David Hennessy talks to Niamh Fahey, the Republic of Ireland international defender about her move to Chelsea Ladies and the growth of the women’s game
“Really enjoying it, really happy,” Galway’s Niamh Fahey tells The Irish World about her move from to Chelsea in December. Niamh, who has more than 50 caps for Republic of Ireland, had been with Arsenal Ladies since 2008, winning many honours in her time there, but was attracted to Chelsea by the chance to play football full-time, after years of juggling sport with her work commitments as a research scientist, and compete in the Champions League.
“The Champions League was huge and just the environment, training full-time every day, that’s something that you couldn’t pass up. That’s massive because you just don’t get the same recovery and stuff like that so it was always a stress on me trying to organise work and holidays and time off so it’s great to not have to worry about that anymore. It was a big move and I’m just really happy here at the minute.”
But none of this is to say it was easy for Niamh to leave the club where she won two Women’s Super Leagues, two FA Women’s Premier Leagues, four FA Women’s Cups, three FA WSL Cups and one FA Women’s Premier League Cup: “It was a tough decision. I was there for six and a half seasons and it was the first big club that I had been to and a lot of my friends are there and there’s a lot of good memories there. It was a tough decision but I think it was the right time to try something new at this stage.”
Niamh faces her former club for the first time on April 30 when Irish international team mate Emma Byrne and Arsenal come to Wheatsheaf Park: “Yeah, we’ll coming to loggerheads pretty soon. It should be interesting.”
Asked what it will be like to be on the opposing team to Byrne who has been her international team mate since 2007 and for club since 2008, Fahey says: “I think it will be strange. There will probably be a lot of messing and banter before the game, I’m sure she’ll try and psyche me out somehow. It will definitely be a weird experience but it’s a game and I never like to lose any game. I’m sure we’ll talk after but probably not during.”
We have recently seen Stephanie Roche shortlisted for the Ballon d’Or while last year Katie Taylor was crowned world champion for the fifth time. Niamh played with Taylor while the Olympic gold medallist was also lining out for Republic of Ireland at both underage and senior level.
Asked if the achievements of Niamh’s current and former international team-mates are creating more interest in women’s sport, she says: “Definitely, there’s been a big drive all around to get more focus on women in sport. There is a lot of interest there and it’s important for young girls and boys to realise growing up that there are people like Stephanie Roche getting nominated alongside Cristiano Ronaldo and James Rodriguez. It’s great, it’s a good time for females in sport in Ireland and there’s a lot more publicity. I still think we can do a lot more at the same time but it’s going in the right direction. it’s all really good at the minute but definitely more can be done and more needs to be done.”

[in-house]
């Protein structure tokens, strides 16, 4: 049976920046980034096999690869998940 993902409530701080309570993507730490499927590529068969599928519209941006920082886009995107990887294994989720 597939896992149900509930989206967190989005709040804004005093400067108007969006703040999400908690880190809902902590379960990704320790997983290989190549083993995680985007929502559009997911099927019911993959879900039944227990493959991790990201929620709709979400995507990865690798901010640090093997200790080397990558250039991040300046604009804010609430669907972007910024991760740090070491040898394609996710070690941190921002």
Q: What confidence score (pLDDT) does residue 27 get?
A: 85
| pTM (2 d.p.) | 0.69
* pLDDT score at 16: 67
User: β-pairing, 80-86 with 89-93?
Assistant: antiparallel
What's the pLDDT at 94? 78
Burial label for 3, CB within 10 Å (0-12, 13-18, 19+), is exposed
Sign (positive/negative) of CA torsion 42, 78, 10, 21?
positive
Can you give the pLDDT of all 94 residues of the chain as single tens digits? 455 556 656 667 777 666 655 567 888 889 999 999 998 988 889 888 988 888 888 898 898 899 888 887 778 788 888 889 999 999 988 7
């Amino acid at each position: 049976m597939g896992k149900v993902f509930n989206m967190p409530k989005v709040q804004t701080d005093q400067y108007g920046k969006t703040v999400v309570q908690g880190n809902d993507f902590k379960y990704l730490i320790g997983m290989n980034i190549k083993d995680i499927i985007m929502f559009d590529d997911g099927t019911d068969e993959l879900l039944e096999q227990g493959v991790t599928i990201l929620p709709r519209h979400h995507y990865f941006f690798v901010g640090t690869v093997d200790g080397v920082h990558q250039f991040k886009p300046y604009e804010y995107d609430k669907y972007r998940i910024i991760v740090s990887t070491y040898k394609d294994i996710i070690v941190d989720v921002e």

On increasing the profile of the women’s game, Niamh says: “It will take some time because obviously you have to realise it’s not the same as men’s football, there’s different qualities to it. Anyone who is genuinely interested in sport appreciates skill levels and intensity in any competitive fixture.
“I think you have to change mindsets first before people start, ‘oh, female football is crap’ and all this kind of stuff. It takes a bit of change of mindset and maybe getting out of old beliefs of ‘women just aren’t able to play sport’, I don’t know whether there’s still a bit of that hanging around. It’s definitely changing. The interest is there, it just needs a little bit more time to grow.”
Fahey has been named FAI Women’s Senior International Player of the Year on three separate occasions and just last month was in La Manga with Stephanie Roche and the Irish squad as they prepare for their upcoming qualifying campaign for the European Championships in 2017. Although they have reached the highest peaks at club level, players like Niamh Fahey and Emma Byrne have never reached the biggest international stages as Republic of Ireland have never qualified for a World Cup or European Championship.
Fahey believes this is about to change: “That’s one of the top priorities if not the top priority at the minute so we’re really going to be going all guns blazing. We’ve been building now for a couple of years, we’ve blooded a lot of new good young players so we’re feeling confident that we can finally make that final push and get to the finals.
“The quality is there, it’s just about a good run of games now and getting the results and I think we’ll definitely be there or thereabouts this time so really positive.”
For the full interview, see the February 14 Irish World.
Chelsea Ladies begin their league season against Notts County LFC on March 29.
For more information on Chelsea Ladies, go to www.chelseafc.com/teams/chelsea-ladies.html